A national sport is a sport that represents a particular country’s culture. Cricket is England’s national sport, and rightly so. The Englishmen invented the game and it fits perfectly with the British image of a “Gentleman’s” game. It is also Australia’s national sport. The Ashes series played against England and Australia gives the World Cup a run for its money in terms of popularity.
Table tennis is China’s national game. Few paddlers are as quick, nimble and swift like the Chinese. At the London Olympic Games, 55 of the 173 table tennis players were of Chinese descent. Peddlers of Chinese descent play for 23 different countries.
India’s national sport is unofficially hockey. The Indian hockey team has a storied history but no such laurels to its name to boast of since 1980. At one point, from 1928 – 1980, India was the most dominant field hockey team at the Olympics, winning 11 medals in 12 Games. This included 6 successive gold medals. India’s last medal in hockey came in the year 1980. Since then, Indian hockey has embarked on a massive downturn, one where to hope for a rise might be nothing more than a mere illusion.
Funnily enough, in my opinion, India doesn’t have a national sport even unofficially. Living under the impression that Hockey is our national sport, we never bothered to expand our horizons and wonder if there may be other sports which are more deserving of the title of India’s national sport. Having already covered the reasons why wrestling can be India’s national sport, here we take a look at another candidate for India’s national sport, the simplest sport of all. One which is practised by all Indians, willingly or unwillingly. Running.
We are always running. Running for something. Running away from something. Running towards something. We have all grown up running. Running is a part of all our lives, whether we realize it or not. And all we need to practice this sport are a pair of shoes. Not even that if you ask some barefoot runners. And there are a number of those out there as well.
Now when we talk about running taking precedence over hockey for the position of national sport, one may wonder how the achievements of India on the track and field are better than hockey. However, caution must be exercised to ensure that this suggestion is not based on achievements alone, but also on the significant part that running plays in all our lives. All our hockey players, would not be hockey players had they not been good enough runners in the first place. Athletics is the basis of all sports. You have got to be a good runner in order to excel at any other sport that requires physical exertion. Sachin Tendulkar did not just become the highest run scorer in the world by virtue of the fours and the sixes he hit. Running between the wickets also had a considerable role to play.
If achievements are to be held as a benchmark, agreed, India’s athletic performance bears no comparison to that of hockey. So much so that Indian athletics could have the distinction of rendering hockey the stalwarts of Indian sport when the two are placed side to side. But this argument could probably hold true only till back in 1980. As mentioned previously, the hockey team hasn’t won a single medal since then, even failing to qualify for the 2008 Beijing Olympics. At this year’s London Olympic Games, we didn’t manage a single win and finished at the bottom of the table. Makes one sit back and wonder, amidst all the controversy that surrounded the Indian teams selection for the Olympics, were we better off not qualifying at all?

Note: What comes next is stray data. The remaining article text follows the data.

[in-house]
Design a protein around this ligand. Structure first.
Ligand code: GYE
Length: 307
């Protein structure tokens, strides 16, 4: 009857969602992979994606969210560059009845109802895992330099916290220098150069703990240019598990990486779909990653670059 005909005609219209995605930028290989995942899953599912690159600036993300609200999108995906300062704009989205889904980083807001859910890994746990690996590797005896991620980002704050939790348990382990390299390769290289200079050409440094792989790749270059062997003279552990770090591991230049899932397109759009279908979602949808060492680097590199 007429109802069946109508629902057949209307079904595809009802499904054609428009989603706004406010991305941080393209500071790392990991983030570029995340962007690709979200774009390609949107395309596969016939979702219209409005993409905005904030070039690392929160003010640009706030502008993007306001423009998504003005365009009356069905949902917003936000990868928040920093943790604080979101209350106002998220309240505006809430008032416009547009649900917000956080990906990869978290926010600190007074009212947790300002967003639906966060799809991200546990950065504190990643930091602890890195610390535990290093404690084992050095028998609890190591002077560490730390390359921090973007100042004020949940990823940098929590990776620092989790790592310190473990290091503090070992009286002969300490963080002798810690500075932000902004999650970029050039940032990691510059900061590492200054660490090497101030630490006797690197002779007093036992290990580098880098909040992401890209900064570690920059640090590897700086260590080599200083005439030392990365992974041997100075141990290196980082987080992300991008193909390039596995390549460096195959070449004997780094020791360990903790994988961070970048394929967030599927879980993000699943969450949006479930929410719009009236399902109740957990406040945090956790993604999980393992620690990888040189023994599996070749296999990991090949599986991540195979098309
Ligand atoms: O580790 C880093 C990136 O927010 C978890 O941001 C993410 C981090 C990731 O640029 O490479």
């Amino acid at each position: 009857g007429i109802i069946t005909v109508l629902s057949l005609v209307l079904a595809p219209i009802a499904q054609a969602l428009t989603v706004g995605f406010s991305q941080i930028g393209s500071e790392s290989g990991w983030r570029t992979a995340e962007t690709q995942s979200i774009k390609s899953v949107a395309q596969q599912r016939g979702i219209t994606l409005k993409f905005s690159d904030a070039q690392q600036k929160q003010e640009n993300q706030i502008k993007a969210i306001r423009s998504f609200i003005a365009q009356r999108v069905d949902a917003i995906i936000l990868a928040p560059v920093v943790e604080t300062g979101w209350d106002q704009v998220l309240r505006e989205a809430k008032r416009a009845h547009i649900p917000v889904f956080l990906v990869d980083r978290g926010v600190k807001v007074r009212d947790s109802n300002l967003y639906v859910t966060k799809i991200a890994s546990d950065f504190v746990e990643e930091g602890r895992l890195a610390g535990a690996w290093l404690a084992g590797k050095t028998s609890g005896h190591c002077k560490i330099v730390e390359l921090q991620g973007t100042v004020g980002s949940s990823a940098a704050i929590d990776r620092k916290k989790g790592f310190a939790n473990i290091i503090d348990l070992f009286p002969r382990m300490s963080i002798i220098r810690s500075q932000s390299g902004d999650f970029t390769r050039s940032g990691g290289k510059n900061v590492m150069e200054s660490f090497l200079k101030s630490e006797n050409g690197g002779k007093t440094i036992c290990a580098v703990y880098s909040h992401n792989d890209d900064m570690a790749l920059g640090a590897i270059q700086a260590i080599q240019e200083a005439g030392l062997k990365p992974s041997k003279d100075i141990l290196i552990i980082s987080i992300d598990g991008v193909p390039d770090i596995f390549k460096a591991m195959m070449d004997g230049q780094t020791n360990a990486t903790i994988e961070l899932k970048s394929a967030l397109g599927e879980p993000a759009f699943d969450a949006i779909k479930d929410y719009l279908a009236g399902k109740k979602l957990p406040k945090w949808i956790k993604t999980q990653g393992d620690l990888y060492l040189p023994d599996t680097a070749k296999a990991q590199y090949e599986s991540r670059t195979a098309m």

Athletics on the other hand, has had its share of the limelight at the Olympics time and again, albeit one baby step at a time. At the 1984 Olympics, PT Usha just missed a bronze medal in the 400 mts by 1/100th of a second and that race is still remembered by all who had the good fortune of witnessing it. Today, her protégé, Tintu Luka, is all set to rule the track in the middle distance events, having just missed making it to the finals of the 800 metres at the London Games. Milkha Singh, the flying Sikh, is another legend who will be remembered till time immemorial. At the 2012 Olympics, India sent a team of 14 athletes, including 6 women and 8 men. Irfan Thodi finished a respectable 10th in the men’s 20 km walk, but not before ensuring that he set a new National record for the same. Krishna Poonia stood 7th in the women’s discuss throw event while Vikas Gowda finished 8th in the men’s discuss throw. A decent performance by the Indian athletes this time around.
With so much young talent on the rise, Indian athletics is sure to make its mark in the coming years. Athletics has always been looked upon as a poor man’s sport, but it is important to note that this poor man’s sport is the basis for most of the rich man’s sports in the fray. Athletics is the pinnacle event at the Olympic Games, but sadly, the sport does not enjoy as much respect in India as do it’s “wealthier” counterparts, viz., cricket, tennis, etc.
How about it? Do you think running deserves to be the national sport of India?
(Written by Zeba Changi with inputs from Siddarth Sharma)